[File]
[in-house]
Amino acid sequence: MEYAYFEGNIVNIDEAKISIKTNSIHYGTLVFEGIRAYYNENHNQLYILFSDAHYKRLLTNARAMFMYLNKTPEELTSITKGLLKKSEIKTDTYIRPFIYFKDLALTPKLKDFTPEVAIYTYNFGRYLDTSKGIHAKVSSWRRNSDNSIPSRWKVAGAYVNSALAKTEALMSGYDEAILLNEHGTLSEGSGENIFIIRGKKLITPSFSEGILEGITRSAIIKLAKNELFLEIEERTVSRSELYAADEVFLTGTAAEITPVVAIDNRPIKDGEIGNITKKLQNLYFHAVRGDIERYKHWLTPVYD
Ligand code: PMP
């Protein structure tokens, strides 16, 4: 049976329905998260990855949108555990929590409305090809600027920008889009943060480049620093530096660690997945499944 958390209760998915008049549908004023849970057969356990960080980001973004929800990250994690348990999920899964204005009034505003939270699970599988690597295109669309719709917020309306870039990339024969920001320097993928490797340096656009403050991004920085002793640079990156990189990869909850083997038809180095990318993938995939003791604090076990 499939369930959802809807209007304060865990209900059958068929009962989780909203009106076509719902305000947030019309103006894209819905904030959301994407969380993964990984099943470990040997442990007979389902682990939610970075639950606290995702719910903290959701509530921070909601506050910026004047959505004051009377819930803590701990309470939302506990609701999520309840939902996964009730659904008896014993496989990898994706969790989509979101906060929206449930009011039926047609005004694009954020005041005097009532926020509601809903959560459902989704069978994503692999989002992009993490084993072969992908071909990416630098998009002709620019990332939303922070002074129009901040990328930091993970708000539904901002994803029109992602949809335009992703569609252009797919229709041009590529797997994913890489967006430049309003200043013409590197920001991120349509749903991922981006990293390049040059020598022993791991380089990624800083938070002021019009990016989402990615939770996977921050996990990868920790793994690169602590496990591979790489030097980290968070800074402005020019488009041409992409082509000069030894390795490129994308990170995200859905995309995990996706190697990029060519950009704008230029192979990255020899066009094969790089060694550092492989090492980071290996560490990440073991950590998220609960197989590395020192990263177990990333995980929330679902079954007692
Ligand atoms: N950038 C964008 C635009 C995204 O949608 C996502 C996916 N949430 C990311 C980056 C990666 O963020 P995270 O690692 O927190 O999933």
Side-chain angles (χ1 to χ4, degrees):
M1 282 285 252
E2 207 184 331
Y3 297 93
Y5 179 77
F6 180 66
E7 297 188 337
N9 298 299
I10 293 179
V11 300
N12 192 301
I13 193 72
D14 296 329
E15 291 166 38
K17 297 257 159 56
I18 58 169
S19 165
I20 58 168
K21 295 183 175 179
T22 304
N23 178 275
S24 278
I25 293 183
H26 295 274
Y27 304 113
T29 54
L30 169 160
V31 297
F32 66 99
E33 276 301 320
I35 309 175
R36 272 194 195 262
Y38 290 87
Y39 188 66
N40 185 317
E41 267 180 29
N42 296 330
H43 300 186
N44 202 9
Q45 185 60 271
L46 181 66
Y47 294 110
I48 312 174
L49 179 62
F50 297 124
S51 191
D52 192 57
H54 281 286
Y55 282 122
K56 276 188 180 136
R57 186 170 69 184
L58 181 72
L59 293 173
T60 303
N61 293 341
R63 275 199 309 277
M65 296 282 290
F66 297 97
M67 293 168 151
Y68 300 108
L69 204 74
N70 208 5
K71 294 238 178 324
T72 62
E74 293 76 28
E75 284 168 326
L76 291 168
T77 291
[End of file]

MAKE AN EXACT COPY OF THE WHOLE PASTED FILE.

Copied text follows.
[in-house]
Amino acid sequence: MEYAYFEGNIVNIDEAKISIKTNSIHYGTLVFEGIRAYYNENHNQLYILFSDAHYKRLLTNARAMFMYLNKTPEELTSITKGLLKKSEIKTDTYIRPFIYFKDLALTPKLKDFTPEVAIYTYNFGRYLDTSKGIHAKVSSWRRNSDNSIPSRWKVAGAYVNSALAKTEALMSGYDEAILLNEHGTLSEGSGENIFIIRGKKLITPSFSEGILEGITRSAIIKLAKNELFLEIEERTVSRSELYAADEVFLTGTAAEITPVVAIDNRPIKDGEIGNITKKLQNLYFHAVRGDIERYKHWLTPVYD
Ligand code: PMP
């Protein structure tokens, strides 16, 4: 049976329905998260990855949108555990929590409305090809600027920008889009943060480049620093530096660690997945499944 958390209760998915008049549908004023849970057969356990960080980001973004929800990250994690348990999920899964204005009034505003939270699970599988690597295109669309719709917020309306870039990339024969920001320097993928490797340096656009403050991004920085002793640079990156990189990869909850083997038809180095990318993938995939003791604090076990 499939369930959802809807209007304060865990209900059958068929009962989780909203009106076509719902305000947030019309103006894209819905904030959301994407969380993964990984099943470990040997442990007979389902682990939610970075639950606290995702719910903290959701509530921070909601506050910026004047959505004051009377819930803590701990309470939302506990609701999520309840939902996964009730659904008896014993496989990898994706969790989509979101906060929206449930009011039926047609005004694009954020005041005097009532926020509601809903959560459902989704069978994503692999989002992009993490084993072969992908071909990416630098998009002709620019990332939303922070002074129009901040990328930091993970708000539904901002994803029109992602949809335009992703569609252009797919229709041009590529797997994913890489967006430049309003200043013409590197920001991120349509749903991922981006990293390049040059020598022993791991380089990624800083938070002021019009990016989402990615939770996977921050996990990868920790793994690169602590496990591979790489030097980290968070800074402005020019488009041409992409082509000069030894390795490129994308990170995200859905995309995990996706190697990029060519950009704008230029192979990255020899066009094969790089060694550092492989090492980071290996560490990440073991950590998220609960197989590395020192990263177990990333995980929330679902079954007692
Ligand atoms: N950038 C964008 C635009 C995204 O949608 C996502 C996916 N949430 C990311 C980056 C990666 O963020 P995270 O690692 O927190 O999933």
Side-chain angles (χ1 to χ4, degrees):
M1 282 285 252
E2 207 184 331
Y3 297 93
Y5 179 77
F6 180 66
E7 297 188 337
N9 298 299
I10 293 179
V11 300
N12 192 301
I13 193 72
D14 296 329
E15 291 166 38
K17 297 257 159 56
I18 58 169
S19 165
I20 58 168
K21 295 183 175 179
T22 304
N23 178 275
S24 278
I25 293 183
H26 295 274
Y27 304 113
T29 54
L30 169 160
V31 297
F32 66 99
E33 276 301 320
I35 309 175
R36 272 194 195 262
Y38 290 87
Y39 188 66
N40 185 317
E41 267 180 29
N42 296 330
H43 300 186
N44 202 9
Q45 185 60 271
L46 181 66
Y47 294 110
I48 312 174
L49 179 62
F50 297 124
S51 191
D52 192 57
H54 281 286
Y55 282 122
K56 276 188 180 136
R57 186 170 69 184
L58 181 72
L59 293 173
T60 303
N61 293 341
R63 275 199 309 277
M65 296 282 290
F66 297 97
M67 293 168 151
Y68 300 108
L69 204 74
N70 208 5
K71 294 238 178 324
T72 62
E74 293 76 28
E75 284 168 326
L76 291 168
T77 291